Many years ago in the offices here at IEEE Spectrum, we had a “Wheel of Excuses” pinned to the outside wall of a cubicle. Made from paper and cardboard in the style of a small lottery wheel, it could be spun to suggest plausible excuses to luckless editors seeking to explain a blown deadline. The wheel had its limitations however, chief among them being the small number of excuses that could be squeezed onto a disk just 25 centimeters across, and a tendency to fall off the wall if spun with too much vigor or desperation.
Spectrum’s offices were renovated this year, the dingy cubicle walls swept away for a modern office layout. So I thought it might be time for an updated Wheel of Excuses—a digital one, naturally. I wanted a one-touch system that would show an animation of a spinning wheel, followed by the display of a randomly selected excuse from an extended list.
Initially, I thought I would make the new wheel using an Arduino and a touch-screen add-on shield. But the speed at which graphics could be drawn on the touch screen proved too slow for the kind of animation I wanted, and the 2.8-inch display was on the small side in any case.
So I turned to the US $35 Raspberry Pi microcomputer, which had the final release of its first generation in July—the Model B+. Among other changes, the Model B+ has two more USB ports than the Model B along with an expanded general-purpose input/output (GPIO) connector, and it relies more heavily on HDMI for video output.
The Model B+ Raspberry Pi (bottom of photo) has an upgraded version of the I/O hardware in the Model B. Using a RasPiO breakout board, I connected a button to the 40-pin GPIO header. Button presses generate excuses, which appear on a monitor attached via an HDMI cable. Old-school BBC Micro users will note my use of text mode 7, which supports Teletext commands for things like displaying double-height characters. Photos: Top: Stephen Cass (2); Bottom: Randi Klett
The Pi was first released in 2012 as a “spiritual successor” to the BBC Microcomputer System, which was created by Acorn Computers in 1981 for Britain’s national Computer Literacy Project. The naming scheme for Pi models echoes that of the BBC Micro series, and like the original BBC Micro, the Pi has rapidly spread beyond the classroom.
The links to the BBC Micro are more than just circumstantial. The Pi is built around an ARM chip (a Broadcom BCM2835), and while ARM currently dominates the world of smartphones and tablets, the architecture was originally developed to provide a high-performance coprocessor for BBC Micros, and it later powered the Archimedes line of PCs. The Archimedes came with RISC OS, a graphical user interface–based operating system that has since been ported to the Pi.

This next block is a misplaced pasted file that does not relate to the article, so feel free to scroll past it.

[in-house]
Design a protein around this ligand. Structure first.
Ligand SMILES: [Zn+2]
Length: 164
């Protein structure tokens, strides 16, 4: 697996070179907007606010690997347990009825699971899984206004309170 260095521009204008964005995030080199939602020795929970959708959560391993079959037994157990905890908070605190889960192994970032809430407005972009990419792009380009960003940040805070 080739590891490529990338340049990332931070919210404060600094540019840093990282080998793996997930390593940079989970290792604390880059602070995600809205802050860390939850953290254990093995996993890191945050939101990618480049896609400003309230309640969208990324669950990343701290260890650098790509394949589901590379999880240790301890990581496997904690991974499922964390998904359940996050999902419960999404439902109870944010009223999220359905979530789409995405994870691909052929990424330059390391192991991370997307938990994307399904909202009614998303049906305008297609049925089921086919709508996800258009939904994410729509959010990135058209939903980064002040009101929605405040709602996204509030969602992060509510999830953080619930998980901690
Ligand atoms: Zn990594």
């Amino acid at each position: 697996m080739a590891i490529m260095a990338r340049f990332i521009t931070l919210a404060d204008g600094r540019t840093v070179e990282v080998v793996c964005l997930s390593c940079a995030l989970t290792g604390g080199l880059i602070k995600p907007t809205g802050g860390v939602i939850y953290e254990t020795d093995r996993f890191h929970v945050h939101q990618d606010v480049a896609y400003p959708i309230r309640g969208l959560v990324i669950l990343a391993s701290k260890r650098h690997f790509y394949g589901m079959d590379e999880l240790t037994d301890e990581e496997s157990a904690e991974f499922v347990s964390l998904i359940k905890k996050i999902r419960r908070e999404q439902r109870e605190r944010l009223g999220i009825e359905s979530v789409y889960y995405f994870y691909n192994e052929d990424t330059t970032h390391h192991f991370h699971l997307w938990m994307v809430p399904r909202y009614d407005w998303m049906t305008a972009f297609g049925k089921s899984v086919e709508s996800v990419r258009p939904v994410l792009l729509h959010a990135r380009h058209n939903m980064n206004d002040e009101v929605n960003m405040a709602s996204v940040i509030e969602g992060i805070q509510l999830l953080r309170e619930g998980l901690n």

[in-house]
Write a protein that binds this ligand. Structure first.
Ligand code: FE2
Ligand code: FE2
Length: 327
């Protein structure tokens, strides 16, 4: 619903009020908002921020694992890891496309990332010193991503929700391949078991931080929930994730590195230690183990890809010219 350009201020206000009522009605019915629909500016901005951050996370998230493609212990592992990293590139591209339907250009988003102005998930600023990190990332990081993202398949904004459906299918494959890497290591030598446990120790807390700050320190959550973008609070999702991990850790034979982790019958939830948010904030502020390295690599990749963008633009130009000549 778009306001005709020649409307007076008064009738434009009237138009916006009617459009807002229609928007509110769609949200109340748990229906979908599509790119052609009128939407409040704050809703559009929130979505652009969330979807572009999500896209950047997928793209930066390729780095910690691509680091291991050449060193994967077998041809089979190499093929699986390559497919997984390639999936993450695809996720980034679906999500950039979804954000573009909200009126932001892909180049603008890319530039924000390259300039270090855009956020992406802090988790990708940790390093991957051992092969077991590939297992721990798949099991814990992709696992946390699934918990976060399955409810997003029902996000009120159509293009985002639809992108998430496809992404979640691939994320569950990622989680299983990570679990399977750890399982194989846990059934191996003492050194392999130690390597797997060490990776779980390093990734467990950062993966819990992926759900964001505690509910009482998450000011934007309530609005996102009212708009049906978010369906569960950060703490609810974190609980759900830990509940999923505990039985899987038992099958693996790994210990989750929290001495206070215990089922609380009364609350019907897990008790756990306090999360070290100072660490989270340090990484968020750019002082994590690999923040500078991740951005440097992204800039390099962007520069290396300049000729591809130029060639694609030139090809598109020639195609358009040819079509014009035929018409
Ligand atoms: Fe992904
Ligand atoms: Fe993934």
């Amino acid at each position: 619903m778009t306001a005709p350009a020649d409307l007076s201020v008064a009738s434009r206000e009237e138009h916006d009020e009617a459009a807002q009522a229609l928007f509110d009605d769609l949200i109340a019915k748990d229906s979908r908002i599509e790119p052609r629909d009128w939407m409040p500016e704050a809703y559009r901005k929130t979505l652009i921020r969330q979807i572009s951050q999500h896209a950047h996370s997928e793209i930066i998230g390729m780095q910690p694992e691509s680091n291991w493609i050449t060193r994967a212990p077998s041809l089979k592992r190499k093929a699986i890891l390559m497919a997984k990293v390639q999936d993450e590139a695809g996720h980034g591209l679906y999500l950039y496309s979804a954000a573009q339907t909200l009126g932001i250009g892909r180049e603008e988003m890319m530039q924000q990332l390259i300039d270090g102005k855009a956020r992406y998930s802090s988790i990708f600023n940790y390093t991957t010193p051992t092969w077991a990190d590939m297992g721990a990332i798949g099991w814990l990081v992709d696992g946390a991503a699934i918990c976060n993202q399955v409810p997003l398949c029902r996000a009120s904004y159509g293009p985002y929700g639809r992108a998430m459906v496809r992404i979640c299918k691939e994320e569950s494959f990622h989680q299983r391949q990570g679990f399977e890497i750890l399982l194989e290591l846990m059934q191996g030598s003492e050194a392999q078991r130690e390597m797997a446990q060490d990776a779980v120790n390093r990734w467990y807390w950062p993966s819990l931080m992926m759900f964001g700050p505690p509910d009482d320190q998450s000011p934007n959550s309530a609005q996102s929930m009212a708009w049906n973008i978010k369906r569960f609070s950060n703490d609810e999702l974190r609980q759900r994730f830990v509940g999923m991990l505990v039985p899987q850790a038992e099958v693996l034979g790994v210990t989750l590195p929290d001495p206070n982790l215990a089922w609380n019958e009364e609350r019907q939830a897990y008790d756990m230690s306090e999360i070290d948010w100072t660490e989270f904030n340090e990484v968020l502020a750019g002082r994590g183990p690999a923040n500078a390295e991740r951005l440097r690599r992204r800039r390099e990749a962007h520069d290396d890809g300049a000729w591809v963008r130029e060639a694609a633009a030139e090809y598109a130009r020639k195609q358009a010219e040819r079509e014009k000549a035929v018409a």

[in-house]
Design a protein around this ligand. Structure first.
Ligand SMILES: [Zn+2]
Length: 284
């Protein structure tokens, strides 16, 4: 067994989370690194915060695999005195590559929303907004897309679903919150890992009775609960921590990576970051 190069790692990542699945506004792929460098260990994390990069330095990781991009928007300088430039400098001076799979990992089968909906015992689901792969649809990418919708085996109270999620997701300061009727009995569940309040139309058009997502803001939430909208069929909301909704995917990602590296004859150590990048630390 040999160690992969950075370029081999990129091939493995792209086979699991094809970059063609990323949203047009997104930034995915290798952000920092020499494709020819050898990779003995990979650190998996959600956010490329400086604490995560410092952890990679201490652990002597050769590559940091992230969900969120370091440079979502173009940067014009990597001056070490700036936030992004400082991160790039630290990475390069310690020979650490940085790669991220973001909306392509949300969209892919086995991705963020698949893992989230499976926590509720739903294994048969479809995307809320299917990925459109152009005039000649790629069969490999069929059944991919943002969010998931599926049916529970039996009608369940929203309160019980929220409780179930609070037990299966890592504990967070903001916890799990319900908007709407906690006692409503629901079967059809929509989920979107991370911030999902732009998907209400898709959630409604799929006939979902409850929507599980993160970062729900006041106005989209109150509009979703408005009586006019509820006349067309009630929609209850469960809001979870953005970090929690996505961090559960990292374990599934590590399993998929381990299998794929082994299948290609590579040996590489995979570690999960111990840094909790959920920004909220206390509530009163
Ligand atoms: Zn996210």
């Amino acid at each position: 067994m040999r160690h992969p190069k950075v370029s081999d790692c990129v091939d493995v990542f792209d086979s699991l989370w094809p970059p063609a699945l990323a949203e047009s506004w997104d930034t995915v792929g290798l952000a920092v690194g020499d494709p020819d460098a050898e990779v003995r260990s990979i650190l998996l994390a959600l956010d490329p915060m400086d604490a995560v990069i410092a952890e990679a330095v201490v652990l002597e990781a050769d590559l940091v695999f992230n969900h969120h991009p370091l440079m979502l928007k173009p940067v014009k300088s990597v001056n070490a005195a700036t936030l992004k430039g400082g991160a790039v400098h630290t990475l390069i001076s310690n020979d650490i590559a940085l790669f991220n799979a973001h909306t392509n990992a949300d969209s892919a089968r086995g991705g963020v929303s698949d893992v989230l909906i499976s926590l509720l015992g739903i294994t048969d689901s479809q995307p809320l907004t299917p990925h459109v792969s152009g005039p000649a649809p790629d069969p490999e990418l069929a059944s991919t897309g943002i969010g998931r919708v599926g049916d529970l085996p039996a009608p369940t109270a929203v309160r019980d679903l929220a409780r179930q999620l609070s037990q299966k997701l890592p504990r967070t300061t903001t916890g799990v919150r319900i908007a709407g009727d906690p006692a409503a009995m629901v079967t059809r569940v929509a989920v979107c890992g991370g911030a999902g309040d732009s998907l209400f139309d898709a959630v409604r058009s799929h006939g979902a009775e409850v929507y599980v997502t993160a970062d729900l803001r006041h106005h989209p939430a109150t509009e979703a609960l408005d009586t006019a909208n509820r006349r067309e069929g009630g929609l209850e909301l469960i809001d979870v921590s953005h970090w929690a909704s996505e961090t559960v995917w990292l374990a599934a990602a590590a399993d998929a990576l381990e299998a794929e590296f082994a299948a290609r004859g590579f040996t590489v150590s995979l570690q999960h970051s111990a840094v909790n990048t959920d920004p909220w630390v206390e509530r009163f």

I first used Acorn’s dialect of BASIC way back in the day on a BBC Micro. One of the nice things about it was that it let you mix BASIC commands with assembly code for the BBC Micro’s 6502 processor. I was pleased to discover that RISC OS has retained a great deal of compatibility with the systems it grew out of, right back to that original dialect.
RISC OS’s version of BBC BASIC—version VI—is, of course, greatly expanded compared with its 8-bit ancestor: As I said when I first tried it out, “it’s like meeting someone you palled around with in high school, and now they own a business and have two kids.” But it still includes an in-line assembler for combining machine code subroutines—now ARM code, of course—with BASIC. The integration allows for streamlined passing of variables back and forth between a BASIC program and machine code—for example, a set of BASIC integer variables, A% through H%, are automatically copied into the first eight registers of the ARM chip when a subroutine is called.
This integration let me quickly write the spinning wheel animation and display code in BASIC, reaching back across the years to cobble together commands to draw colored segments of a circle and store the text of excuses using “data” and “read” commands. (When I started programming, BASIC code would have been too slow for the wheel’s animation, but 30 years of Moore’s Law has solved that problem.) I needed to dip into assembly only in order to read the state of a button connected to the GPIO hardware. The button triggers the animation and has the program select and display an excuse.
I wired the button to the Pi’s GPIO port using a $10 RasPiO Breakout Pro, which provides basic protection against miswiring. (Unlike the more robust Arduino, which can handle enough current to drive a servo, the Pi’s GPIO can be damaged if connected to circuits that expose it to more than a few milliamperes or exceed 3.3 volts.) The Breakout Pro is designed for the GPIO on earlier Pi models, but the B+’s expanded port keeps the same pin configuration for the first 26 pins, so I was able to use the Breakout Pro and simply ignore the B+’s extra pins.
Reading the GPIO hardware was a good chance to get acquainted with the guts of a system using a reduced-instruction-set-computing architecture (so many registers!)—the last time I programmed on the metal was for the 6502. The Pi’s GPIO pins are mapped into the system’s memory as a series of 3-bit segments stored within 32-bit status words, so my machine code subroutine has to do some bit bashing to set a GPIO pin as an input. Then my subroutine reads the relevant GPIO status word and passes it back to BASIC. (For my code, I combined some snippets from Bruce Smith’s book Raspberry Pi Assembly Language RISC OS Beginners and a Raspberry Pi online forum.) My BASIC program then simply uses a loop that calls the subroutine and looks for any changes in the status word, indicating a button press.
With the software written, all that was left to do was build a case (from a few dollars’ worth of basswood) and hook the video output up to an old monitor. And voilà! A new era of digitally driven excuses.
This article originally appeared in print as “Back to BASIC.”